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VANtastic Blues - Ignition Timing

1982 dodge B250 van, 3/4 ton, 318

Question: can the ignition timing mark change location over time with wear and tear (I don’t really mean can the grooved mark move but not sure how to word this)? 12 degrees advanced gives low vacuum (about 16, should be 20-22) and vehicle lags and struggles to start. Is it possible that the new distributor is bad or installed wrong? Please read recent history below and any suggestions are much appreciated!

problem 1: van wouldn’t start after running for a while. needed to cool down then would fire up.
Solution1 : mechanic replaced just the distributor pick up. I watched him do it and he never loosened or removed the distributor. when first started it ran terrible. timing was way off. Mechanic earballed the timing and the pickup gap and it was never right

Problem 2: van would only start if I over advanced the timing. I would then retard it slightly for cruising but didn’t seem to hold timing well.
Solution 2: new mechanic adjusted timing with timing light to 12 degrees advanced and properly set the gap. Ran great for about 1 hour then started pinging again.

Problem 3: could not get the timing to hold. I bought my own timing light and discovered that the ignition was 25 degrees advanced but I could see the timing mark that the mechanic made at 12 degrees and called to confirm that they adjusted properly.
Solution 3: another new mechanic replaced the distributor completely and earballed the timing. next day still wouldn’t start, had to advance timing to get it running. mechanic then bypassed voltage regulator in ignition switch during starting (probably bad lingo here) and this significantly helped but still not running right.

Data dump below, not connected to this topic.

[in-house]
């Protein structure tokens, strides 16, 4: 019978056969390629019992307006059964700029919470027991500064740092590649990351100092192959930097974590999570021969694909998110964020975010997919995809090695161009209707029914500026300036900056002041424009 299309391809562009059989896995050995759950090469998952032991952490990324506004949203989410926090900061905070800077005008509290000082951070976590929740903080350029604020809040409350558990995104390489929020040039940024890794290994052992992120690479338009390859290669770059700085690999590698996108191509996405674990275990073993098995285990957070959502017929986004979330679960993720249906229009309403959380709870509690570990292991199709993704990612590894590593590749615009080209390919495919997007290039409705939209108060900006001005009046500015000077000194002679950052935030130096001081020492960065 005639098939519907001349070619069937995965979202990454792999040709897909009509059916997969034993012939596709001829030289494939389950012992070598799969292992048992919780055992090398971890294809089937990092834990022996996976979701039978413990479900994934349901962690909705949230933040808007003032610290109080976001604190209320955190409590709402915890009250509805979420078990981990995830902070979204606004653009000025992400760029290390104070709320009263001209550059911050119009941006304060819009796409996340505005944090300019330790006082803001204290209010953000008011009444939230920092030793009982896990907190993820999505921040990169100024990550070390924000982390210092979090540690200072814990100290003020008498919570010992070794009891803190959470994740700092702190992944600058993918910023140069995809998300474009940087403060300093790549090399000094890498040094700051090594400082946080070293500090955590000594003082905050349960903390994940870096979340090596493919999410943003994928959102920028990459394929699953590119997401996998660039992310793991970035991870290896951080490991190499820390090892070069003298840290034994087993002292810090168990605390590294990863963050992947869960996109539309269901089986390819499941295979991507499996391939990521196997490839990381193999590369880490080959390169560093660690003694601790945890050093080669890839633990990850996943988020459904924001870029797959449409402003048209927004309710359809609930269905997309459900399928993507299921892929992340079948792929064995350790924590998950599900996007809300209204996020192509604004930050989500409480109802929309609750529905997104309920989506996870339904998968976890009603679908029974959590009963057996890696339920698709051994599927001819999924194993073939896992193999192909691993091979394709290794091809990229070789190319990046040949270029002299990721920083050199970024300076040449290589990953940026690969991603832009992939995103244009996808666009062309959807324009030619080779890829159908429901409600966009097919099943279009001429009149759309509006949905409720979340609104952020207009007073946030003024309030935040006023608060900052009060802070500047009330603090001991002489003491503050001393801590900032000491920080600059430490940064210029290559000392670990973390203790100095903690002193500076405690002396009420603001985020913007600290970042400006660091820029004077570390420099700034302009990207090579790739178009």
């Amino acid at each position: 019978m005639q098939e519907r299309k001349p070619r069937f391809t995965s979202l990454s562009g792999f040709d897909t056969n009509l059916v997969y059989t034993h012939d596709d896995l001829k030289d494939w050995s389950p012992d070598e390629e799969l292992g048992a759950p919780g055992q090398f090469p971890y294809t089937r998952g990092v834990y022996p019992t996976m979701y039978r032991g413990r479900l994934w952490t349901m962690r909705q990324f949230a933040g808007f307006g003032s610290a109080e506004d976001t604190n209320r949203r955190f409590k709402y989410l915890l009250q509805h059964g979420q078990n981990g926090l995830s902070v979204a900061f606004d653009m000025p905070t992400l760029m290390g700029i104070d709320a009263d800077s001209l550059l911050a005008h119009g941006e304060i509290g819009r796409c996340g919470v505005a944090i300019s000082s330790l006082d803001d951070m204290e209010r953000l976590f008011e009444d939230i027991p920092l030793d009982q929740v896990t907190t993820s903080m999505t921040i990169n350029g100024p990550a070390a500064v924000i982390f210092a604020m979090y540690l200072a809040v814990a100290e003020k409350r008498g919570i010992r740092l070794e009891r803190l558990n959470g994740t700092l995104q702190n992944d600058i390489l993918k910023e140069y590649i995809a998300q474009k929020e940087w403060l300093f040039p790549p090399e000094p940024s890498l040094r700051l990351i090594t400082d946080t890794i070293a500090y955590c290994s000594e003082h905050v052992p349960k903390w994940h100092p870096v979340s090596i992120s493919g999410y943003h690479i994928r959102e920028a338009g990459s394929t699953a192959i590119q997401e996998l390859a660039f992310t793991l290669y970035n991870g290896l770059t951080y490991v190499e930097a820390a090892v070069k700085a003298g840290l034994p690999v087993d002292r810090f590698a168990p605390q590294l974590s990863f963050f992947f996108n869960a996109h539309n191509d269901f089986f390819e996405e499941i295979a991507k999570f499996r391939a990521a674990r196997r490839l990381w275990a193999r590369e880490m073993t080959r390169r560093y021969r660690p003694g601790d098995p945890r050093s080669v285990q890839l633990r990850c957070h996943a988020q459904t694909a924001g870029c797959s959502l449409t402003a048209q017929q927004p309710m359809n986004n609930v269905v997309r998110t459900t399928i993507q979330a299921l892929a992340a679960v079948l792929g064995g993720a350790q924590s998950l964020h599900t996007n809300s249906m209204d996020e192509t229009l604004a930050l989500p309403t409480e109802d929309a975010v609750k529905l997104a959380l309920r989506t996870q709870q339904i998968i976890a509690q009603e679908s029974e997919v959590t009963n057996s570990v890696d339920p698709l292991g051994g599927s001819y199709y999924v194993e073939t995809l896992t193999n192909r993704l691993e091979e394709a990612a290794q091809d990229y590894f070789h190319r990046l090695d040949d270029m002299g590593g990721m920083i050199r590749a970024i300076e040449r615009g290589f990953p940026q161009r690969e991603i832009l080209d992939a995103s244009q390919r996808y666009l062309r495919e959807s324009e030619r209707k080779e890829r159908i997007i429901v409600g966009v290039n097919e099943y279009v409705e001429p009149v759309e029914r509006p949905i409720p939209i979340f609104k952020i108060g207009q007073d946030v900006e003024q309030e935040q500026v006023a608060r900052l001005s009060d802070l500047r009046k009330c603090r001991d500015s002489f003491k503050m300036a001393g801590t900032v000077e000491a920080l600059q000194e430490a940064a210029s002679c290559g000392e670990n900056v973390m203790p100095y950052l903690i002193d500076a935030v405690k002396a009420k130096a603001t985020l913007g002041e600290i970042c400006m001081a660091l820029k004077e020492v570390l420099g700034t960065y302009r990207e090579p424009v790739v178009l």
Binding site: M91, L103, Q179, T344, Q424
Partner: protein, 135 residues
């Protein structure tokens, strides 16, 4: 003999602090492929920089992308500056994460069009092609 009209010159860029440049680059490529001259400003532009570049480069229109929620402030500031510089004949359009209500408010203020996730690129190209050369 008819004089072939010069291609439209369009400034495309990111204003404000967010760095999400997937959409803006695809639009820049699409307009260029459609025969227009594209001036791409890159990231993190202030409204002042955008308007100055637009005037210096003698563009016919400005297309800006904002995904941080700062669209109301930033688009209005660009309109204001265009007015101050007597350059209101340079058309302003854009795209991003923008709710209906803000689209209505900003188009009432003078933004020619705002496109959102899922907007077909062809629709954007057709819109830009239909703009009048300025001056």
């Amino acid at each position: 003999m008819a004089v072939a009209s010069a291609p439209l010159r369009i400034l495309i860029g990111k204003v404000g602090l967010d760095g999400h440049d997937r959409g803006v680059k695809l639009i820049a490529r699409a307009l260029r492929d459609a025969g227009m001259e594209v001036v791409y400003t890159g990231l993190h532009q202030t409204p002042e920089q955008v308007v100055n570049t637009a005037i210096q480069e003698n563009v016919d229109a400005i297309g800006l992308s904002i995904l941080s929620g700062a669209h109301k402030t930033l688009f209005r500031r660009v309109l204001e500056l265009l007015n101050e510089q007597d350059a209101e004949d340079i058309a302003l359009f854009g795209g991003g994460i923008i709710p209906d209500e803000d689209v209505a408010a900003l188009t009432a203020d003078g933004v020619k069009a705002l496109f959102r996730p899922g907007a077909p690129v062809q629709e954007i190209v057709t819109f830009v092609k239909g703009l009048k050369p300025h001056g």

Problem 4: van just not running right. only getting 10 mpg, used to get 16mpg! it sounds like it is missing, still has problems starting. Timing is definitely still a problem. sometimes it will start when I release the ignition.
Solution 4: I reset the timing to 12 degrees advanced. While running it sounds pretty smooth but I have low vacuum and power loss. I tweaked and advanced a little more but still struggles to start and doesn’t run very well. There seems to be excessive vibration too.

Have a VANtabulous day! Thanks!

This is a pretty old van. I’m guessing it has well over 100K miles on it? It’s entirely possible the timing chain (the chain that drives the camshaft) has stretched or even jumped a tooth or two on the sprocket. If the chain is stretched, the valve and ignition timing (since the distributor is driven from the cam) will wander. This will cause the behavior you’re experiencing. A severely stretched chain will be noisy and in some cases can even wear a hole in the timing chain cover.

Before you condemn the chain though, when was the van’s last tuneup?

I put in new plugs and plug wires just after the pick up was replaced so within the last 3 months, other tuneup stuff has all been done since June. I suppose some plugs could be fowled since it has been starting so hard for so long.
The van only has 90000 miles on it but I will look into the chain and trouble shoot for that.

Yes, it it possible for the outer ring of the harmonic balancer (the part with the “groove” that you line up to the numbered scale to set the timing) to slip around and make it impossible to accurately set the timing.

It is also possible that the timing chain and gear have worn enough to make engine timing (including the valves and not just the distributor) erratic and impossible to set properly. Even though it only has 90,000 miles it’s still 32 years old.

I also remember there being trouble with wear on the distributor drive gear bushing inside the engine and there being a service bulletin and updated parts but I think that may have been for newer engines than yours.

Have a mechanic who is experienced in older cars check for timing chain wear.

Rough earball timing, retard the timing till rpms start to drop, then advance 1/8 to 1/4 turn. Does this have points?

great! Thanks folks and thanks asemaster for making sense of my question!

I will try the rough earball timing and definitely check out the timing chain wear. My service manual talks about points in the trouble shooting, pretty sure yes but not positive. It is a brand new distributor though.